Welcome to the 2017 Behavioral Models of Politics Conference, held May 18-20 at Duke University. This conference brings together a diverse group of international scholars to address various ways analytical models of politics can be broadened to include “behavioral” concepts, both within and beyond the standard rational choice, game theoretic paradigm. Previous conferences were held held in Pittsburgh in 2013, Duke in 2014, and Pittsburgh in 2016.
Research presented here features a mix of theoretical, experimental, and other empirical approaches from political science, economics, and related disciplines. Empirical research might test or challenge conventional modeling assumptions, identify the boundaries between rational and boundedly rational behavior, or document empirical regularities that need to be accounted for by behavioral models. It may also apply experimental or computational neuroscientific approaches to political decision-making, and includes work in political psychology and behavior that takes or speaks to an analytical or behavioral decision research approach.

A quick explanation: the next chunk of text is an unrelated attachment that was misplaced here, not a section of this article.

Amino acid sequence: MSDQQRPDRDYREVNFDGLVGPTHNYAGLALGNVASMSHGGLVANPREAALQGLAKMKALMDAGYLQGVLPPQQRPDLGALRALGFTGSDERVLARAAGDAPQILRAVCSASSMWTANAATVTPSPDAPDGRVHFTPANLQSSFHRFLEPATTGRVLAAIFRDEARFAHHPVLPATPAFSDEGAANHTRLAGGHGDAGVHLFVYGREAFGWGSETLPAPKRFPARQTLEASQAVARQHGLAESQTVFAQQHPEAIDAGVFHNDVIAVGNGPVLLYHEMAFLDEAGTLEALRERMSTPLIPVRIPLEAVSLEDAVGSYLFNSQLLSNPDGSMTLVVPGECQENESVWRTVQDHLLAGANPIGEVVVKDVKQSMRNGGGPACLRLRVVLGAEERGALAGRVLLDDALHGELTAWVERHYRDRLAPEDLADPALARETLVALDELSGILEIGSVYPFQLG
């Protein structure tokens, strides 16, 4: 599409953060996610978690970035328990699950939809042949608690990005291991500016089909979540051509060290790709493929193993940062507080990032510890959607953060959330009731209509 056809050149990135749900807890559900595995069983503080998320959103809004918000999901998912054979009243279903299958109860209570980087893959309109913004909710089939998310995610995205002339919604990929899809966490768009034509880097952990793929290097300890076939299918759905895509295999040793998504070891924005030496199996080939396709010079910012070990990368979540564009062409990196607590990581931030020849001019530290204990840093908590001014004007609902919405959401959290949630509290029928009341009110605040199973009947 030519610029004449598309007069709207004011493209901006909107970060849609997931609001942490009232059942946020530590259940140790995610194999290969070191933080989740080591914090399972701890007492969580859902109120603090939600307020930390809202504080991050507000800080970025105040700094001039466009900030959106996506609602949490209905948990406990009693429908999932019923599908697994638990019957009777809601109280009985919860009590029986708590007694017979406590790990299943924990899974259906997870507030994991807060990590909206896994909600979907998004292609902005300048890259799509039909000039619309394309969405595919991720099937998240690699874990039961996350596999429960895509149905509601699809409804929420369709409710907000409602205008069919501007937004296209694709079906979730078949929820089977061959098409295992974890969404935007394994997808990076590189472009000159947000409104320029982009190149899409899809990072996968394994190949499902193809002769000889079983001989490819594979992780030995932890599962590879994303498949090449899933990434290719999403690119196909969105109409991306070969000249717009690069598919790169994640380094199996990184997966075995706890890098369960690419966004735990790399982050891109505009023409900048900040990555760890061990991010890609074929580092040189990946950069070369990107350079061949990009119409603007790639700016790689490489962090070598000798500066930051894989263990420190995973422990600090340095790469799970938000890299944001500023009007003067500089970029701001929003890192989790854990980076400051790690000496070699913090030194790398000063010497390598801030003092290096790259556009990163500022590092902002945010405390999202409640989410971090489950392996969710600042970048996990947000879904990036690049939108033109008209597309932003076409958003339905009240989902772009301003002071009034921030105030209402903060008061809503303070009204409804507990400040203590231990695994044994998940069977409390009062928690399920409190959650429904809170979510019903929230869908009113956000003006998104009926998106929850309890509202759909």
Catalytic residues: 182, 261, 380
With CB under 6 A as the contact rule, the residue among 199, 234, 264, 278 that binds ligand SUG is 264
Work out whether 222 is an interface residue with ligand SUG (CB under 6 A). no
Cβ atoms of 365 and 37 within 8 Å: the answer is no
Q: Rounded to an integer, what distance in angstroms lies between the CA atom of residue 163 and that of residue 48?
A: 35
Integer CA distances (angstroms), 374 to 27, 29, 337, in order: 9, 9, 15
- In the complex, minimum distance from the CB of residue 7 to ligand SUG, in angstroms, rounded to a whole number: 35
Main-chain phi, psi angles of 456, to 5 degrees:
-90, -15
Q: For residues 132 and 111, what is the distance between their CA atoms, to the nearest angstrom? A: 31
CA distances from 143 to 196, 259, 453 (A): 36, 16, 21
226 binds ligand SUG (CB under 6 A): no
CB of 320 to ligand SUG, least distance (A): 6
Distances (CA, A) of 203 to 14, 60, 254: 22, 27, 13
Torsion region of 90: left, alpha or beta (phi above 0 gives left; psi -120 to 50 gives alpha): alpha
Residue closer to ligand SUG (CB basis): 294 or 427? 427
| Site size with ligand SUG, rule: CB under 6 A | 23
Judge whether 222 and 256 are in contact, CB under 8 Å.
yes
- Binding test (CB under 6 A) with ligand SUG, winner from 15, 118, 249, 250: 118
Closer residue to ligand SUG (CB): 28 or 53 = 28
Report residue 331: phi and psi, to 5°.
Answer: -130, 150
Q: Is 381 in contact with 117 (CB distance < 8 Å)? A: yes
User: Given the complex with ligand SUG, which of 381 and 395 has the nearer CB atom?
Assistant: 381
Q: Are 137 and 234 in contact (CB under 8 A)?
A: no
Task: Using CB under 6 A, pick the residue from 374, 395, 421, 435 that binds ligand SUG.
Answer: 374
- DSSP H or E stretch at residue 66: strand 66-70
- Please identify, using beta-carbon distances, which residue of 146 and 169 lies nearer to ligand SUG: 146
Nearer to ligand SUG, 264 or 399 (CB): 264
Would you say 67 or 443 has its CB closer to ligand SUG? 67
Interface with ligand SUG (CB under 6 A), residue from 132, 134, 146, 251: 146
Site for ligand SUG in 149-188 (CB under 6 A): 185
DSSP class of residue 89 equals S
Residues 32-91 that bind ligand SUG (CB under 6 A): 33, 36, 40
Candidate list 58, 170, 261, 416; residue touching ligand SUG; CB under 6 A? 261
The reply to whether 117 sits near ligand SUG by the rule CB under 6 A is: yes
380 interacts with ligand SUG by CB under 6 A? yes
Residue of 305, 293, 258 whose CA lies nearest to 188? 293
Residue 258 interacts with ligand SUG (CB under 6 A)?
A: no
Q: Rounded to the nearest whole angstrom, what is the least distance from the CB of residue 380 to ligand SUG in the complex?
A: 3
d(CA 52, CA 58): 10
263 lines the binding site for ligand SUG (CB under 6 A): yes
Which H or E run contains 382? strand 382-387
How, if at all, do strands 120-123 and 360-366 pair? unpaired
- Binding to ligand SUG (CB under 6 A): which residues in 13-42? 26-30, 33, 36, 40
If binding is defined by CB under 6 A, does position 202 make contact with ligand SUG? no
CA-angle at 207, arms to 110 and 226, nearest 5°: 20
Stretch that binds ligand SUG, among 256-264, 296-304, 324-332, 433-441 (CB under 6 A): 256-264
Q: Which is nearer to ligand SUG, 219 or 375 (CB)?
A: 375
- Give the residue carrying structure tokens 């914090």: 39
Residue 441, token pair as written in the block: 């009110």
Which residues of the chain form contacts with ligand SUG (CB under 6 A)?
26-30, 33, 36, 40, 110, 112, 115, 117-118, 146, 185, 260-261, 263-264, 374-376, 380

The conference’s first day offers a training opportunity for graduate students and others who want to learn more about the methods involved in behavioral modeling. It comprises 7 sequential one-hour sessions covering topics including lab and field experiments, behavioral game theory, stochastic and computational modeling, and psychological and cognitive approaches to decision-making. Workshop leaders will be Liz Carlson, Eric Dickson, Rachel Kranton, Dave Siegel, Mark Turner, Rick Wilson, and Jon Woon. The day concludes with a mentoring dinner that night that includes many workshop speakers as well as additional senior faculty from the conference.